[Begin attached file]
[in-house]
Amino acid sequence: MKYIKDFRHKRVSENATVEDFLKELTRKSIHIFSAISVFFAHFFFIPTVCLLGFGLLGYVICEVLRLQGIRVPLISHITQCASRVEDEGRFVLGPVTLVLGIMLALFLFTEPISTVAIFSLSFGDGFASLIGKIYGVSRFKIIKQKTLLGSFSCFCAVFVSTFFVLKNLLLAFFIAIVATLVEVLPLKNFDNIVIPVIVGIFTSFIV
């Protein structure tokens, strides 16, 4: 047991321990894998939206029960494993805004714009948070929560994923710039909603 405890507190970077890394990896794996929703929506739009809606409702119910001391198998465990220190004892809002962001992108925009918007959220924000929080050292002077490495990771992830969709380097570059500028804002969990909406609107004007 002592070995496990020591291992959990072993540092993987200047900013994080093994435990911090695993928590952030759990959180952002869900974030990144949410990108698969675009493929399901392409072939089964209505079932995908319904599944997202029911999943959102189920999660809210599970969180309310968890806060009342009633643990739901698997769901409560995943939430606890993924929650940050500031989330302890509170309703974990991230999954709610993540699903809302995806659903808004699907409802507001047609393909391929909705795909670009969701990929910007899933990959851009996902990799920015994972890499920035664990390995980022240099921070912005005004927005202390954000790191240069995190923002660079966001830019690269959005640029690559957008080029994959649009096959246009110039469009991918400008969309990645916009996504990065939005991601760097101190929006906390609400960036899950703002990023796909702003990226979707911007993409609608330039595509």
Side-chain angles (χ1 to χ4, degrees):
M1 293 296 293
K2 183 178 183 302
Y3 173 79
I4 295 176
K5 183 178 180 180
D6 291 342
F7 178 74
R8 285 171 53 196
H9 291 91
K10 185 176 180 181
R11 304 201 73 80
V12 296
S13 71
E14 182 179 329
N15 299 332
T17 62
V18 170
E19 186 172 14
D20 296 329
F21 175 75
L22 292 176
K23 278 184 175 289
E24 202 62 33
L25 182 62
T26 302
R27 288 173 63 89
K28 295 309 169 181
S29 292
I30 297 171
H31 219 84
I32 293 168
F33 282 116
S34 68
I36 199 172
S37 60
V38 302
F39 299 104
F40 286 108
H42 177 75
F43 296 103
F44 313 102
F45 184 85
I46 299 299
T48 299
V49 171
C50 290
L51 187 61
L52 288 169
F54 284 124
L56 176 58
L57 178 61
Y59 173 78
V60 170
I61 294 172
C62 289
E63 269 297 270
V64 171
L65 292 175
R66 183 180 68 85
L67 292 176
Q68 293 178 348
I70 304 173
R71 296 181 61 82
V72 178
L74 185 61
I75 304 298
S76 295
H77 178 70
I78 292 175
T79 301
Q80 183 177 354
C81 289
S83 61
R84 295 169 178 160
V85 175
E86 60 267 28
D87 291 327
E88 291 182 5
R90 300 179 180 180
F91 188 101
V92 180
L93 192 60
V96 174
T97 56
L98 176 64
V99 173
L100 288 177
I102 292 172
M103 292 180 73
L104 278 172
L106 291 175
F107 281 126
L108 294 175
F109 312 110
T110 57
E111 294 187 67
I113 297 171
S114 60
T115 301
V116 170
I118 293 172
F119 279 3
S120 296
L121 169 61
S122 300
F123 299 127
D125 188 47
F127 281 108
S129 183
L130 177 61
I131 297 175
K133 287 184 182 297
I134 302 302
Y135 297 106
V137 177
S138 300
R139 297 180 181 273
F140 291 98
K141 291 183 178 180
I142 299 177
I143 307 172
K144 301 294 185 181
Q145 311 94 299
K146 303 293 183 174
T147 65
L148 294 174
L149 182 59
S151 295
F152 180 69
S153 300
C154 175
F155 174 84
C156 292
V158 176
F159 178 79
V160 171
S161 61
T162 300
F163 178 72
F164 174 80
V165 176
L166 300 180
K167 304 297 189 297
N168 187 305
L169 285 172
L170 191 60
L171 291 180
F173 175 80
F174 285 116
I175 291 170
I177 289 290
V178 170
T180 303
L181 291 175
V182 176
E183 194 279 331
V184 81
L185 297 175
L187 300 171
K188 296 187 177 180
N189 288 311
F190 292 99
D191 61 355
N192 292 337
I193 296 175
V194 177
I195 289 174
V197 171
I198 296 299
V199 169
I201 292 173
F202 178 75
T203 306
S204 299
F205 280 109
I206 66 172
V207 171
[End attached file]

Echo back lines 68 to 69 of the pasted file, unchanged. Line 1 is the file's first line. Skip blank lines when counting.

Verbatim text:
V72 178
L74 185 61